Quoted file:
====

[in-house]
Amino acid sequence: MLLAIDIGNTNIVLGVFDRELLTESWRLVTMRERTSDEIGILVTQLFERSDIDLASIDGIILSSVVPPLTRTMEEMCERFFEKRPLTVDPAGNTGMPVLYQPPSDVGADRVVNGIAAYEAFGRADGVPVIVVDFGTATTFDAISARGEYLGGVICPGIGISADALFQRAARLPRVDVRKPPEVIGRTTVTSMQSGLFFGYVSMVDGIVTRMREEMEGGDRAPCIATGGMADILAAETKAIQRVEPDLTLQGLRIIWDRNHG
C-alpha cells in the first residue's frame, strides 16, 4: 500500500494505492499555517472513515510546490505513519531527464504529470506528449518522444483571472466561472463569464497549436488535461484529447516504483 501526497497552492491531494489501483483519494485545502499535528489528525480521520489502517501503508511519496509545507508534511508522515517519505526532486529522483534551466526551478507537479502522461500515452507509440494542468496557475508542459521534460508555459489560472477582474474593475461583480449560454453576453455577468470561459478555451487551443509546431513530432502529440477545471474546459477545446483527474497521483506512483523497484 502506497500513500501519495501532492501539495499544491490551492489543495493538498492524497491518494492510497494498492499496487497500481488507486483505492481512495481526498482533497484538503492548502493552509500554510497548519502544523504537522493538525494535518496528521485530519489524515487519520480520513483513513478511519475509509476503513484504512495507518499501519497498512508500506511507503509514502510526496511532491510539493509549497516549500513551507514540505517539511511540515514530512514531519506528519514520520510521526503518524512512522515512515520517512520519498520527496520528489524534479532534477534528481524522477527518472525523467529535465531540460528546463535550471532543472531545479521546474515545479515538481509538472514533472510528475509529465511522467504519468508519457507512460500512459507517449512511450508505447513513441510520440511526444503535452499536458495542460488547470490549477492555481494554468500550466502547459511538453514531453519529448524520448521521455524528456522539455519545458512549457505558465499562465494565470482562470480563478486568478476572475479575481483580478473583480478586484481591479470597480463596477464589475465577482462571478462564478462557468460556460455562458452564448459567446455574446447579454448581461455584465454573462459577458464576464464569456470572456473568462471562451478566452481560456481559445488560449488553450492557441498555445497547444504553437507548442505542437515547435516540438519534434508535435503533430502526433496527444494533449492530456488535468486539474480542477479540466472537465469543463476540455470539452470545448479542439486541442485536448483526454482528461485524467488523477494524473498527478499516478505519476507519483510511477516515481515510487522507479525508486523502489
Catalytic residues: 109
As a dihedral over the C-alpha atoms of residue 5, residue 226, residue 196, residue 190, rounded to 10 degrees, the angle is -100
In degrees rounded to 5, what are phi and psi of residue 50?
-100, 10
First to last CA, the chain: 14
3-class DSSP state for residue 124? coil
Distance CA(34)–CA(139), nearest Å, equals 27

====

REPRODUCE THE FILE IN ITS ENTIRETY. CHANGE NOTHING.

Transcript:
[in-house]
Amino acid sequence: MLLAIDIGNTNIVLGVFDRELLTESWRLVTMRERTSDEIGILVTQLFERSDIDLASIDGIILSSVVPPLTRTMEEMCERFFEKRPLTVDPAGNTGMPVLYQPPSDVGADRVVNGIAAYEAFGRADGVPVIVVDFGTATTFDAISARGEYLGGVICPGIGISADALFQRAARLPRVDVRKPPEVIGRTTVTSMQSGLFFGYVSMVDGIVTRMREEMEGGDRAPCIATGGMADILAAETKAIQRVEPDLTLQGLRIIWDRNHG
C-alpha cells in the first residue's frame, strides 16, 4: 500500500494505492499555517472513515510546490505513519531527464504529470506528449518522444483571472466561472463569464497549436488535461484529447516504483 501526497497552492491531494489501483483519494485545502499535528489528525480521520489502517501503508511519496509545507508534511508522515517519505526532486529522483534551466526551478507537479502522461500515452507509440494542468496557475508542459521534460508555459489560472477582474474593475461583480449560454453576453455577468470561459478555451487551443509546431513530432502529440477545471474546459477545446483527474497521483506512483523497484 502506497500513500501519495501532492501539495499544491490551492489543495493538498492524497491518494492510497494498492499496487497500481488507486483505492481512495481526498482533497484538503492548502493552509500554510497548519502544523504537522493538525494535518496528521485530519489524515487519520480520513483513513478511519475509509476503513484504512495507518499501519497498512508500506511507503509514502510526496511532491510539493509549497516549500513551507514540505517539511511540515514530512514531519506528519514520520510521526503518524512512522515512515520517512520519498520527496520528489524534479532534477534528481524522477527518472525523467529535465531540460528546463535550471532543472531545479521546474515545479515538481509538472514533472510528475509529465511522467504519468508519457507512460500512459507517449512511450508505447513513441510520440511526444503535452499536458495542460488547470490549477492555481494554468500550466502547459511538453514531453519529448524520448521521455524528456522539455519545458512549457505558465499562465494565470482562470480563478486568478476572475479575481483580478473583480478586484481591479470597480463596477464589475465577482462571478462564478462557468460556460455562458452564448459567446455574446447579454448581461455584465454573462459577458464576464464569456470572456473568462471562451478566452481560456481559445488560449488553450492557441498555445497547444504553437507548442505542437515547435516540438519534434508535435503533430502526433496527444494533449492530456488535468486539474480542477479540466472537465469543463476540455470539452470545448479542439486541442485536448483526454482528461485524467488523477494524473498527478499516478505519476507519483510511477516515481515510487522507479525508486523502489
Catalytic residues: 109
As a dihedral over the C-alpha atoms of residue 5, residue 226, residue 196, residue 190, rounded to 10 degrees, the angle is -100
In degrees rounded to 5, what are phi and psi of residue 50?
-100, 10
First to last CA, the chain: 14
3-class DSSP state for residue 124? coil
Distance CA(34)–CA(139), nearest Å, equals 27